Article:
Diabetes is also much more likely to develop in all American women of color when compared with white American women.²⁹
Diabetes and reproductive health in women
Due to the relationship between blood sugar, insulin resistance and reproductive hormones (estrogen and progesterone), unusual menstruation may indicate uncontrolled diabetes.³⁰³¹ For example, one study found that women with type 1 diabetes had longer and heavier periods than those without diabetes.³²
Hormone levels change throughout the menstrual cycle and can impact blood sugar levels and insulin resistance.³³ A study of over 75,000 women even suggests that irregular and prolonged menstrual cycles were associated with a higher risk of eventually developing type 2 diabetes.³⁴
Regardless of sex, diabetes can create fertility issues.³⁵ Fertility problems in diabetic individuals who were assigned female at birth are usually linked conditions associated with diabetes, such as obesity³⁶ or polycystic ovarian syndrome (PCOS). PCOS affects as many as 5 million women in the US and is associated with insulin resistance and an increased likelihood of developing type 2 diabetes.³
Diabetes in pregnant women
Testing for and monitoring diabetes is important for all pregnant people, whether you have already been diagnosed as diabetic or not.
Type 1 or type 2 diabetes in pregnancy
In the case of diabetic individuals who become pregnant, uncontrolled diabetes can be dangerous for both the expecting parent and the baby. High blood sugar increases the risk of serious complications like preeclampsia (high blood pressure), miscarriage, birth defects, high birth weight or preterm birth.³⁸ Planning ahead of pregnancy, eating well, exercising, monitoring blood sugar levels — and most importantly, seeking guidance from your healthcare professional — are all ways you can help manage these health risks.³⁹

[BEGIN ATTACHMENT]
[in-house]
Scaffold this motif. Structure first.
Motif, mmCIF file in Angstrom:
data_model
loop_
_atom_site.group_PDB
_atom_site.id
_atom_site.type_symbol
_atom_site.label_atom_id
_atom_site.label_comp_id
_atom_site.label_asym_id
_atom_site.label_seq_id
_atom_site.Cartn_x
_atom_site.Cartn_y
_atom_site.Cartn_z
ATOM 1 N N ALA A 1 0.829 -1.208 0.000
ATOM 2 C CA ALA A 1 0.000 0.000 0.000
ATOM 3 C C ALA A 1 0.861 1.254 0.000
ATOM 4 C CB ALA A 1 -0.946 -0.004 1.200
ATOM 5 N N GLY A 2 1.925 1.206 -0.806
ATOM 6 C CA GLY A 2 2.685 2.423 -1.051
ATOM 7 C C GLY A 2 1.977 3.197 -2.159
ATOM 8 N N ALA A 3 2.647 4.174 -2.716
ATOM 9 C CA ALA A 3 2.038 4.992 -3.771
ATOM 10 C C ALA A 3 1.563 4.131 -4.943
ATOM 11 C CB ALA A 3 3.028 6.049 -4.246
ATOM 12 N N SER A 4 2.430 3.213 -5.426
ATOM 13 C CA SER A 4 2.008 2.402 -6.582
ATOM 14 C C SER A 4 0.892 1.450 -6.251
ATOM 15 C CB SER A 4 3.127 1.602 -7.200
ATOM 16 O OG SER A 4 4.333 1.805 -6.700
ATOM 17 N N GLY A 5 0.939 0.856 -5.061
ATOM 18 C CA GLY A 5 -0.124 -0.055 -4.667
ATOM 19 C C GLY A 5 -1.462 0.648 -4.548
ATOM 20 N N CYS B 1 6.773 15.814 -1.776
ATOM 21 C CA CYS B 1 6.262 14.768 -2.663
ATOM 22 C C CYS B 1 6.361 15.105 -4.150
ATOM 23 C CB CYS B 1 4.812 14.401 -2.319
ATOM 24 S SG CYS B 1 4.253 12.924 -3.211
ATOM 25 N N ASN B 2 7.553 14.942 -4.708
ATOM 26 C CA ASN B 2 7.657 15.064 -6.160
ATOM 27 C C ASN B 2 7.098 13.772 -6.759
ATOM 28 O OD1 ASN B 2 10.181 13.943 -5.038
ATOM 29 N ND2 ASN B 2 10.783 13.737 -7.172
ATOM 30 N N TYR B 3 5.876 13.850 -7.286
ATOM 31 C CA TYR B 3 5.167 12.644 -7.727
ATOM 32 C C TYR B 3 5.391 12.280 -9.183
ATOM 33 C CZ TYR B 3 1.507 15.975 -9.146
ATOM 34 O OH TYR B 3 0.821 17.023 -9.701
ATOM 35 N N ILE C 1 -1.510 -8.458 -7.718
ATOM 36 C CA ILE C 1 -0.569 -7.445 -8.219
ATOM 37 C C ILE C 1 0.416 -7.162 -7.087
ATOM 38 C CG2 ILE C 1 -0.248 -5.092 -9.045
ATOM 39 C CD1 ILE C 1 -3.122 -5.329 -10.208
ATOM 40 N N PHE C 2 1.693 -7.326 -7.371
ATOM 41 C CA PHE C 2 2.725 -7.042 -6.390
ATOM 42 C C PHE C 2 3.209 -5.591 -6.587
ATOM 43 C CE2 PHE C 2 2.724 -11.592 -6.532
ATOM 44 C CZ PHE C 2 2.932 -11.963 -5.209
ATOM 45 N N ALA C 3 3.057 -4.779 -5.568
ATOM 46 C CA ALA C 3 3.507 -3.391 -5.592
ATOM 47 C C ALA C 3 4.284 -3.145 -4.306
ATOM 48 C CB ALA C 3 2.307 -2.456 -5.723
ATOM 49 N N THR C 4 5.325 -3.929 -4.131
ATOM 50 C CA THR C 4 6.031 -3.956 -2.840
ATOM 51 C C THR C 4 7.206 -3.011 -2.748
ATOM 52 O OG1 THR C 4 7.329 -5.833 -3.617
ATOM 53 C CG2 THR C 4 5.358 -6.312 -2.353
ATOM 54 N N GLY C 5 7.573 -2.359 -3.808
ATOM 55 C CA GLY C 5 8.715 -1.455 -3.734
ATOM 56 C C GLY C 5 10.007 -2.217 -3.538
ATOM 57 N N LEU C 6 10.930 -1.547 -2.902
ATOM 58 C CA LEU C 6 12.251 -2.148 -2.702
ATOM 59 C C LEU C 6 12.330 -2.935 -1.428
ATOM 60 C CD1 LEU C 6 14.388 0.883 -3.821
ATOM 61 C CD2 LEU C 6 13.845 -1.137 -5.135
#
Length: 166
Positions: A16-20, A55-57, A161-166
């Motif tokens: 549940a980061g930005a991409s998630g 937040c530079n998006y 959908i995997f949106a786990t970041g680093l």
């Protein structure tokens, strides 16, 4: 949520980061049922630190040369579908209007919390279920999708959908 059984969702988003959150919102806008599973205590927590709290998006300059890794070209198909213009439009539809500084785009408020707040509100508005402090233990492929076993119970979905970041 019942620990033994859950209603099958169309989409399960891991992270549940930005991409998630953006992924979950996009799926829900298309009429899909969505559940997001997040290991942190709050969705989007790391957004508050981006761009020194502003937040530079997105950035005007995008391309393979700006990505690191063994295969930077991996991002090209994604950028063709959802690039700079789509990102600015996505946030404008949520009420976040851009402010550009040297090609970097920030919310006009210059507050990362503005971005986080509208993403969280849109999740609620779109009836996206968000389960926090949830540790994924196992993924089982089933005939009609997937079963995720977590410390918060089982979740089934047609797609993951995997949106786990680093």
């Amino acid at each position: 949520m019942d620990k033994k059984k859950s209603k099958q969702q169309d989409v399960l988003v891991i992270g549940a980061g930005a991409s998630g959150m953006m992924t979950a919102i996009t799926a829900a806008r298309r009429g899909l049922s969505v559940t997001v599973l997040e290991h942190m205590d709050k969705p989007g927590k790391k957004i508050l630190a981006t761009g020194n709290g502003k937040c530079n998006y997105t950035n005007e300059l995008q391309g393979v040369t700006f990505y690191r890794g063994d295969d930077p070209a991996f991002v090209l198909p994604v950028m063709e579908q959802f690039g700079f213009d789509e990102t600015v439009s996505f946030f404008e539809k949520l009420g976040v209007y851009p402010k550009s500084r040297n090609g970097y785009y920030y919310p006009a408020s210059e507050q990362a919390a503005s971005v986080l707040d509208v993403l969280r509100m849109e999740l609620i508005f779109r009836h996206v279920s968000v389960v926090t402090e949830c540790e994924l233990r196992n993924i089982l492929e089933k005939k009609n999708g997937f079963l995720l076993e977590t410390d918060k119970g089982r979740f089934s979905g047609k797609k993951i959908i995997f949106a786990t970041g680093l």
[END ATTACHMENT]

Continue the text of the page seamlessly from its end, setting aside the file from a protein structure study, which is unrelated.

Gestational diabetes occurs when an individual develops diabetes while pregnant. This condition can occur in healthy people with no history of diabetes, and they often show no symptoms.⁴⁰ Due to this risk, doctors typically order a diabetes test between 24 and 28 weeks of pregnancy.⁴¹ A healthy diet and exercise can naturally help control gestational diabetes, but in some cases a doctor will prescribe insulin. Uncontrolled gestational diabetes can result in a baby being born with high blood sugar, birthing complications, high blood pressure, or low blood sugar.⁴²
When should you see your doctor?
If you are experiencing these symptoms of diabetes or have concerns, book an appointment with your doctor for further testing. You can also test your average blood sugar level with an at-home testing kit, but a chat with your healthcare professional is recommended, especially if you’re symptomatic.
Beyond the usual symptoms of diabetes (dehydration, fruity breath, energy loss, blurry vision, etc.), women with diabetes may experience frequent yeast infections, UTIs, low sex drive, unusual menstruation and fertility issues. Women and those assigned female at birth are more likely to experience health complications from diabetes, so if you have any concerns, be sure to talk to your healthcare provider.